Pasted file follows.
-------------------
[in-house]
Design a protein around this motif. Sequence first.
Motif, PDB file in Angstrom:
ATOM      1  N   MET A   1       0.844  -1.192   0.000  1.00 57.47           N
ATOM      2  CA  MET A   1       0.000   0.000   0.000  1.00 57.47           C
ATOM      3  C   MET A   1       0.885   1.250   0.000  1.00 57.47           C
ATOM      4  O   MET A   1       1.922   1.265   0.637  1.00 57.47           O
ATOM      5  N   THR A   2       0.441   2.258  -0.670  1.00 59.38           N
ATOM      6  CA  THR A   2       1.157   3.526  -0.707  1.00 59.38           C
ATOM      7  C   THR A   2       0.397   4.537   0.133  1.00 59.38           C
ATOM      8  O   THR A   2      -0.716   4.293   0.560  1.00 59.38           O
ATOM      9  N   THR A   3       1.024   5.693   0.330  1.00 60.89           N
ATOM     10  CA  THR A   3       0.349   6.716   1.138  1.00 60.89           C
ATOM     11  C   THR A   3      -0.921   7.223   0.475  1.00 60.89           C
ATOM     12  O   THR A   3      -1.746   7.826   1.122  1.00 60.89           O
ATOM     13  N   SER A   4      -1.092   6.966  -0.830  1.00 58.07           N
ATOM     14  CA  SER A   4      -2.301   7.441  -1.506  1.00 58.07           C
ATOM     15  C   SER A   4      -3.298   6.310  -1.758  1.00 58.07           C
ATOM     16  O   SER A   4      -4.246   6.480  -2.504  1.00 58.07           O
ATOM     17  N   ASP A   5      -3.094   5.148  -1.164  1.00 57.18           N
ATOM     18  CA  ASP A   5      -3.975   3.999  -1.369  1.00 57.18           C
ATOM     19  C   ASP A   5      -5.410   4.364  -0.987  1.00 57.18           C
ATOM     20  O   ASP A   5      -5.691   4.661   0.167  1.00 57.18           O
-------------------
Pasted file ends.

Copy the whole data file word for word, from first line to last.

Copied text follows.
[in-house]
Design a protein around this motif. Sequence first.
Motif, PDB file in Angstrom:
ATOM      1  N   MET A   1       0.844  -1.192   0.000  1.00 57.47           N
ATOM      2  CA  MET A   1       0.000   0.000   0.000  1.00 57.47           C
ATOM      3  C   MET A   1       0.885   1.250   0.000  1.00 57.47           C
ATOM      4  O   MET A   1       1.922   1.265   0.637  1.00 57.47           O
ATOM      5  N   THR A   2       0.441   2.258  -0.670  1.00 59.38           N
ATOM      6  CA  THR A   2       1.157   3.526  -0.707  1.00 59.38           C
ATOM      7  C   THR A   2       0.397   4.537   0.133  1.00 59.38           C
ATOM      8  O   THR A   2      -0.716   4.293   0.560  1.00 59.38           O
ATOM      9  N   THR A   3       1.024   5.693   0.330  1.00 60.89           N
ATOM     10  CA  THR A   3       0.349   6.716   1.138  1.00 60.89           C
ATOM     11  C   THR A   3      -0.921   7.223   0.475  1.00 60.89           C
ATOM     12  O   THR A   3      -1.746   7.826   1.122  1.00 60.89           O
ATOM     13  N   SER A   4      -1.092   6.966  -0.830  1.00 58.07           N
ATOM     14  CA  SER A   4      -2.301   7.441  -1.506  1.00 58.07           C
ATOM     15  C   SER A   4      -3.298   6.310  -1.758  1.00 58.07           C
ATOM     16  O   SER A   4      -4.246   6.480  -2.504  1.00 58.07           O
ATOM     17  N   ASP A   5      -3.094   5.148  -1.164  1.00 57.18           N
ATOM     18  CA  ASP A   5      -3.975   3.999  -1.369  1.00 57.18           C
ATOM     19  C   ASP A   5      -5.410   4.364  -0.987  1.00 57.18           C
ATOM     20  O   ASP A   5      -5.691   4.661   0.167  1.00 57.18           O